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London attackers kill seven, PM May says "enough is enough"

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Three attackers drove a van into pedestrians on London Bridge before stabbing revelers nearby on Saturday night, killing at least seven people in what Britain said was the work of Islamist militants engaged in a "new trend" of terrorism.

 

Spoiler

At least 48 people were injured in the attack, the third to hit Britain in less than three months and occurring days ahead of a snap parliamentary election on Thursday.

 

Police shot dead the three male assailants in the Borough Market area near the bridge within eight minutes of receiving the first emergency call shortly after 10 p.m. local time.

 

"We believe we are experiencing a new trend in the threat we face as terrorism breeds terrorism," Prime Minister Theresa May said in a televised statement on Sunday in front of her Downing Street office, where flags flew at half-mast.

 

"Perpetrators are inspired to attack not only on the basis of carefully constructed plots ... and not even as lone attackers radicalized online, but by copying one another and often using the crudest of means of attack."

 

She said the series of attacks represented a perversion of Islam and that Britain's counter-terrorism strategy needed to be reviewed, adding: "It is time to say enough is enough."

 

Most of the main political parties suspended national campaigning on Sunday, but May said campaigning would resume on Monday and that the election would go ahead as planned.

 

London Bridge is a major transport hub and nearby Borough Market is a fashionable warren of alleyways packed with bars and restaurants that is always bustling on a Saturday night.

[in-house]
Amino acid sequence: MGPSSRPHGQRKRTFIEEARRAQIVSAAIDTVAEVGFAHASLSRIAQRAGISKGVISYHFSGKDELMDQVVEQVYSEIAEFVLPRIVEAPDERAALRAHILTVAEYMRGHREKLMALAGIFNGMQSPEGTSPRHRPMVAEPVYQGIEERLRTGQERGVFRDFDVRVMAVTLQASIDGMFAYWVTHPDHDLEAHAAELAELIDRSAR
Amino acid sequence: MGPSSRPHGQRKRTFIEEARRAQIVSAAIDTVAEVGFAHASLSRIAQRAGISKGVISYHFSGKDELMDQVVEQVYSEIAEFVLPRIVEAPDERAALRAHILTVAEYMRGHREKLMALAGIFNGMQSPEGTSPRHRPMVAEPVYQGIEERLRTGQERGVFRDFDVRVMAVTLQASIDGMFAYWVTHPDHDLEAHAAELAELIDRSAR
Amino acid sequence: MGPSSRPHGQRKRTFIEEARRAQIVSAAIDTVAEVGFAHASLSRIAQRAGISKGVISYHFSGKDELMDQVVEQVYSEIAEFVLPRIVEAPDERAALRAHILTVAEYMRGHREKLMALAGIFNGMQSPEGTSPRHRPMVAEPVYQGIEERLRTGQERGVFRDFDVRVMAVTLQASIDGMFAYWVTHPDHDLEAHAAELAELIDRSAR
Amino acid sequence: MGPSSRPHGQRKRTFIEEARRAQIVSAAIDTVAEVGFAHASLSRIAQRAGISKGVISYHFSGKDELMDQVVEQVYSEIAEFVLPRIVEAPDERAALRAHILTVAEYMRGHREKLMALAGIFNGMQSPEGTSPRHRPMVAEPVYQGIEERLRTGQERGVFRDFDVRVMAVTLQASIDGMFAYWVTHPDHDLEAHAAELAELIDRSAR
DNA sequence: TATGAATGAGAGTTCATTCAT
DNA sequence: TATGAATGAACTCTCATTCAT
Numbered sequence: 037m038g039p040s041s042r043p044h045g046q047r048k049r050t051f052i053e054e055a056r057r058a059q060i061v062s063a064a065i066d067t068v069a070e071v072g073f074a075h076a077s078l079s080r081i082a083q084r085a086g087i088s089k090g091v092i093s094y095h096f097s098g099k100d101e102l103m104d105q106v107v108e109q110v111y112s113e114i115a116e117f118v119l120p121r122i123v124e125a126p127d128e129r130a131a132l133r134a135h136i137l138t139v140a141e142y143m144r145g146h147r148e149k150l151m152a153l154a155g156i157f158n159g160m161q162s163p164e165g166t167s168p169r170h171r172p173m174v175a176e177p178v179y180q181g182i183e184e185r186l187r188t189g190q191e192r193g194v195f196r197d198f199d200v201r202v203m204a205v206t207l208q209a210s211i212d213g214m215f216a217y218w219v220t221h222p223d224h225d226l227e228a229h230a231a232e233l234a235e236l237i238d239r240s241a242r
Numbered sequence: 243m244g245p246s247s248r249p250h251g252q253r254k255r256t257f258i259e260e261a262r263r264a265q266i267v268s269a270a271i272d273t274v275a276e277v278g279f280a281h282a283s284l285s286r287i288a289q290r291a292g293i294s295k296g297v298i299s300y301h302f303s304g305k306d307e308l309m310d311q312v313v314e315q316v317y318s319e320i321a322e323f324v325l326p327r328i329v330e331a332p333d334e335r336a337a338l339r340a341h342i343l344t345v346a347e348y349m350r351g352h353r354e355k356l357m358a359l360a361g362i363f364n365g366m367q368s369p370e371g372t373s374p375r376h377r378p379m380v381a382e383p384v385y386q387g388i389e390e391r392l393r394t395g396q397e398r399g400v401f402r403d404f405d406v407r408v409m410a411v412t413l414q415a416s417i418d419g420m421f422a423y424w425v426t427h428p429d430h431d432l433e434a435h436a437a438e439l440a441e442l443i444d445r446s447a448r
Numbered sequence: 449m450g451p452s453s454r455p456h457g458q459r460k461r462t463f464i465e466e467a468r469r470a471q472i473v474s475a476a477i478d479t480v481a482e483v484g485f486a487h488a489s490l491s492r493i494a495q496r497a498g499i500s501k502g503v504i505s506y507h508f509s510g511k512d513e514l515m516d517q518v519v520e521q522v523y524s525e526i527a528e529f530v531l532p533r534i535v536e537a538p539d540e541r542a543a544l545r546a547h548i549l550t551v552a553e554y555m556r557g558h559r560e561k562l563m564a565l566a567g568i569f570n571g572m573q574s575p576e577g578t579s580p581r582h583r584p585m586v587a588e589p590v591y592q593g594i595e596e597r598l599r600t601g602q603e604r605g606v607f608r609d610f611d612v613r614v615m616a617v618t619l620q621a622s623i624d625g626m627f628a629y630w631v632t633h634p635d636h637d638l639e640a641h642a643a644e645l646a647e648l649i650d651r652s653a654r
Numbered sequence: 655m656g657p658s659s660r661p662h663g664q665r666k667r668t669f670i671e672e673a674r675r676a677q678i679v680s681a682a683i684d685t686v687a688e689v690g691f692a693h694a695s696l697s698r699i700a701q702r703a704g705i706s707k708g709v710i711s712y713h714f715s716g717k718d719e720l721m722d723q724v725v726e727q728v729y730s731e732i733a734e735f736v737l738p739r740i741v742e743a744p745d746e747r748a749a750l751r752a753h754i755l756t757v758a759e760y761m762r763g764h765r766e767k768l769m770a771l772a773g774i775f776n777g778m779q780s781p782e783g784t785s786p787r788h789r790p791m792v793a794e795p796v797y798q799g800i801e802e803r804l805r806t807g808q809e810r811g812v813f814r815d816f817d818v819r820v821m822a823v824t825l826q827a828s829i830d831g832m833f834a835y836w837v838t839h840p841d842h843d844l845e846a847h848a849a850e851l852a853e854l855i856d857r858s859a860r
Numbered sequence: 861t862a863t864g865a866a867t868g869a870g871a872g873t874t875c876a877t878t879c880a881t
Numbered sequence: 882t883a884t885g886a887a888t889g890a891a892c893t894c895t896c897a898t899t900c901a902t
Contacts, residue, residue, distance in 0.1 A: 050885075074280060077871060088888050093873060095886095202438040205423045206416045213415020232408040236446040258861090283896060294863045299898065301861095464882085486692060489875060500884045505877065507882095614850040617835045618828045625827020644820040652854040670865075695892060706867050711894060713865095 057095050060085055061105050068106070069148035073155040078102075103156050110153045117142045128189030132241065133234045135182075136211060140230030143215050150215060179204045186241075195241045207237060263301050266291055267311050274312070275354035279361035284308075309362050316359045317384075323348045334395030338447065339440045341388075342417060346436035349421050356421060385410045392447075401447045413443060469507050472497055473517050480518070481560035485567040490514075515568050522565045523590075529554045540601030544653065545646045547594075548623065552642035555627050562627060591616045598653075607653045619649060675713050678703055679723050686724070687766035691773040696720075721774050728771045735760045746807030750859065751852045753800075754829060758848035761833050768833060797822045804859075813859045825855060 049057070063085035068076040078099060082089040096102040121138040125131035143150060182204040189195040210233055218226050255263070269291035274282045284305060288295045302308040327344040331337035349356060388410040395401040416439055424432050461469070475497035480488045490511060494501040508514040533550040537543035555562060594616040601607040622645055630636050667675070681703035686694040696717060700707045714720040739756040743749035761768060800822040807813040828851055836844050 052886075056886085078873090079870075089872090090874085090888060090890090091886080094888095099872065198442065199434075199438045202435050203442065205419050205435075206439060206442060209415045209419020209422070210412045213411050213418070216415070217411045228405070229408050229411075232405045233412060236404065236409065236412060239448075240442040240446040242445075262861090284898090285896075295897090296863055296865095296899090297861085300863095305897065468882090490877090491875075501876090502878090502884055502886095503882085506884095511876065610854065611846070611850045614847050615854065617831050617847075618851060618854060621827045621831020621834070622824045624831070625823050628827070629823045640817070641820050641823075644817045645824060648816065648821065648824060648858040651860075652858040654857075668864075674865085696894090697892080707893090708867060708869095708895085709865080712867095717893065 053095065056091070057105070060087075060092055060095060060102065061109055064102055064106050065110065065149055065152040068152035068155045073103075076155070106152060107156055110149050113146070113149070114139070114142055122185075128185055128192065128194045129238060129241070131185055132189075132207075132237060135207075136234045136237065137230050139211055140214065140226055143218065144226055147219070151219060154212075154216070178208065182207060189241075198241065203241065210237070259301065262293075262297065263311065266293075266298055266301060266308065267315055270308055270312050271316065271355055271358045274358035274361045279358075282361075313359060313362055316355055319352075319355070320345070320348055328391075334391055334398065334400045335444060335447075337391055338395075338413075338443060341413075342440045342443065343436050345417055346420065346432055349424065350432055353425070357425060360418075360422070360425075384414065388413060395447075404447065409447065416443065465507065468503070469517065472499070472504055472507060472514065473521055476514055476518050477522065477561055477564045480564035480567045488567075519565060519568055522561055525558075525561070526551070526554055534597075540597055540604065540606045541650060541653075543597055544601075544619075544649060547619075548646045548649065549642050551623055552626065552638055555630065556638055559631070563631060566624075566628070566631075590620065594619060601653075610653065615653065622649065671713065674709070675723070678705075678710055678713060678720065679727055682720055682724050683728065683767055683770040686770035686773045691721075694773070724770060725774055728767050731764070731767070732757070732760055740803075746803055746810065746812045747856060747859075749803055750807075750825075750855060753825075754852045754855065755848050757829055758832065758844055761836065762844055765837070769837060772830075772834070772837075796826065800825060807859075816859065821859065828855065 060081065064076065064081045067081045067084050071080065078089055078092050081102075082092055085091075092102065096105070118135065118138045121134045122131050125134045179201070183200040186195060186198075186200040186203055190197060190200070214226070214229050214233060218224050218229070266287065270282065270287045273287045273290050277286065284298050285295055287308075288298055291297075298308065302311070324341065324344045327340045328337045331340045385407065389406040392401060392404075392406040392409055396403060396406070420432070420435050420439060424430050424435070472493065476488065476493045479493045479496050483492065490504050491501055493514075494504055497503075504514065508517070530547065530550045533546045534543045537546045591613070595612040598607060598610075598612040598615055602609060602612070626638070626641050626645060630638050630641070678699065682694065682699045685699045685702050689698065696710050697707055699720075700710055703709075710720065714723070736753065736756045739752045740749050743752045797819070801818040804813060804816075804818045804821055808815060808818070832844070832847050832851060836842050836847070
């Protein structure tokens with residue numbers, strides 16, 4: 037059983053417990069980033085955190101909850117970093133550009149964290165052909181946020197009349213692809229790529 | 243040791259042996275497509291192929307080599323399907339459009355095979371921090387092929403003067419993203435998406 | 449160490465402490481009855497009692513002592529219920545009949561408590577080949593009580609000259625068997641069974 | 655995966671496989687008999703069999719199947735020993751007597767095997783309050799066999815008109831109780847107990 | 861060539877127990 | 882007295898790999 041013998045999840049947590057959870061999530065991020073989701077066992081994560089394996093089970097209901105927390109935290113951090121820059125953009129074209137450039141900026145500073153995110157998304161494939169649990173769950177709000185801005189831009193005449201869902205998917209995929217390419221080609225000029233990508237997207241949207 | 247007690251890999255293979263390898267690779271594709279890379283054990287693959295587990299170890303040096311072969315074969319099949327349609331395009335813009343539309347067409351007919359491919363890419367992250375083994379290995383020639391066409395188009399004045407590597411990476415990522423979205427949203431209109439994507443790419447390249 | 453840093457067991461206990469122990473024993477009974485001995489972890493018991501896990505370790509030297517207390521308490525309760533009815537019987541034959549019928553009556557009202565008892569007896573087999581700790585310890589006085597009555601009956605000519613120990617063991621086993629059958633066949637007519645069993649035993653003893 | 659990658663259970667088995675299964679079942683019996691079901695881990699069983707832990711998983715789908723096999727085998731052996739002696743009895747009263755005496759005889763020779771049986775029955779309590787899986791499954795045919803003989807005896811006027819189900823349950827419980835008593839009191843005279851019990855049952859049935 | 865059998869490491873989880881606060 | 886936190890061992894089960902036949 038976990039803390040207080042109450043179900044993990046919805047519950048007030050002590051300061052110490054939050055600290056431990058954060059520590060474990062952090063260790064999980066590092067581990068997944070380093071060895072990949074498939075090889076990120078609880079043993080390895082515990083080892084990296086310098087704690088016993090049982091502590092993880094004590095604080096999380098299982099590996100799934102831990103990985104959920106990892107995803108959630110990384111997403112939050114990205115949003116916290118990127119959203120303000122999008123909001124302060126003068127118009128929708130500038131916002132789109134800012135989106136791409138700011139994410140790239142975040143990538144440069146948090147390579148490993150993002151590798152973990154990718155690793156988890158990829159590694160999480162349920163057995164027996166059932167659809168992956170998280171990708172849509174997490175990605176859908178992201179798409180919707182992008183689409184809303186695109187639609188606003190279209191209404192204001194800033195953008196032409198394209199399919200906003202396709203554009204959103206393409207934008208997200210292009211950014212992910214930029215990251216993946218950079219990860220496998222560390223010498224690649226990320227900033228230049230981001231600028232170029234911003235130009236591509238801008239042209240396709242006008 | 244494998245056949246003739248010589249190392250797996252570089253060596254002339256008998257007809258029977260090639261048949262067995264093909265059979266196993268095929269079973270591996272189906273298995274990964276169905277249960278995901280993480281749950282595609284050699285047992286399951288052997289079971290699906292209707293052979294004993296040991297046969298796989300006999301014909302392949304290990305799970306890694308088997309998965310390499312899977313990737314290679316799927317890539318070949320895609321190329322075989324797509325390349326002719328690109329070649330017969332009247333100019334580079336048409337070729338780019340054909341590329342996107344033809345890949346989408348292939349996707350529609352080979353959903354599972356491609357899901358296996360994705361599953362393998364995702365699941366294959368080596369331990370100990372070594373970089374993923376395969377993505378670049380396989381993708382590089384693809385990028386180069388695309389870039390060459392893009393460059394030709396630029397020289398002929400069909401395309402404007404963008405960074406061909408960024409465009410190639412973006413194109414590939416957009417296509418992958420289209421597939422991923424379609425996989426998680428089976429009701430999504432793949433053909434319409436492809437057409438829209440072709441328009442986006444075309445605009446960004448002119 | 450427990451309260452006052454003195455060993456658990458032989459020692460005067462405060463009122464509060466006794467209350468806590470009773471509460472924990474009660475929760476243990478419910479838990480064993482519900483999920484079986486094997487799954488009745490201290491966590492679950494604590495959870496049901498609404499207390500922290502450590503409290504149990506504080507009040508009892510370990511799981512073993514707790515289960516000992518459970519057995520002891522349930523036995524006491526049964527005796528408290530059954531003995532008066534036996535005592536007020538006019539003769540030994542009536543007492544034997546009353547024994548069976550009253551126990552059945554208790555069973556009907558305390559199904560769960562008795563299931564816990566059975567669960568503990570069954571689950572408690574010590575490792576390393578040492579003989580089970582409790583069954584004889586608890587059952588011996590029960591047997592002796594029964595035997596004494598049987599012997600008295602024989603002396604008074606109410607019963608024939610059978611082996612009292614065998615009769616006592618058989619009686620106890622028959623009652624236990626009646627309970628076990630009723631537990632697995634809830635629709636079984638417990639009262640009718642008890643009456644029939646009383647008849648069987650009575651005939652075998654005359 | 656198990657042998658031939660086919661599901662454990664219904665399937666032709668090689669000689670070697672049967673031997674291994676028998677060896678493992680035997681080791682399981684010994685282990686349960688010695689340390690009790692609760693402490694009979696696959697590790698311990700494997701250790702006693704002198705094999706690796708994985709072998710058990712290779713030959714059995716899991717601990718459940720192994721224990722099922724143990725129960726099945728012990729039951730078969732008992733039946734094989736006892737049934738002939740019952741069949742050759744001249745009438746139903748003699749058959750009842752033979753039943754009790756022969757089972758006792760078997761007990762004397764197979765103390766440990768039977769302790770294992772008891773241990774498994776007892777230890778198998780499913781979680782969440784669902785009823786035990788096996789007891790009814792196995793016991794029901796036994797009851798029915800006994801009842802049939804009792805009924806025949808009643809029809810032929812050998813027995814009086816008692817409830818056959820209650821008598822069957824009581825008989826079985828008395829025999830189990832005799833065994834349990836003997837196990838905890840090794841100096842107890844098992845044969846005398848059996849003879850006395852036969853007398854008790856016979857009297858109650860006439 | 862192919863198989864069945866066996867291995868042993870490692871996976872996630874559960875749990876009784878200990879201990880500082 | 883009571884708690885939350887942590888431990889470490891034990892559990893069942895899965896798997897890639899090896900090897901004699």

The area remained cordoned off and patrolled by armed police and counter-terrorism officers on Sunday, with train stations closed. Forensic investigators could be seen working on the bridge, where buses and taxis stood abandoned.

 

There was no immediate claim of responsibility for the latest attack to hit Britain and Europe.

 

Less than two weeks ago, an Islamist suicide bomber killed 22 people including children at a concert by U.S. singer Ariana Grande in Manchester in northern England. In March, in a attack similar to Saturday's, a man killed five people after driving into pedestrians on Westminster Bridge in central London.

 

Grande and other acts were due to give a benefit concert at Manchester's Old Trafford cricket ground on Sunday evening to raise funds for victims of the concert bombing and their families. Police said the event would go ahead as planned, but security would be increased.

 

The three attackers on Saturday night were wearing what looked like explosive vests that were later found to have been fake. May said the assailants' aim had been to sow panic. The BBC showed a photograph of two possible attackers shot by police, one of whom had canisters strapped to his body.

 

Home Secretary (interior minister) Amber Rudd said it did not appear that there was a link between the attackers and the Manchester bombing.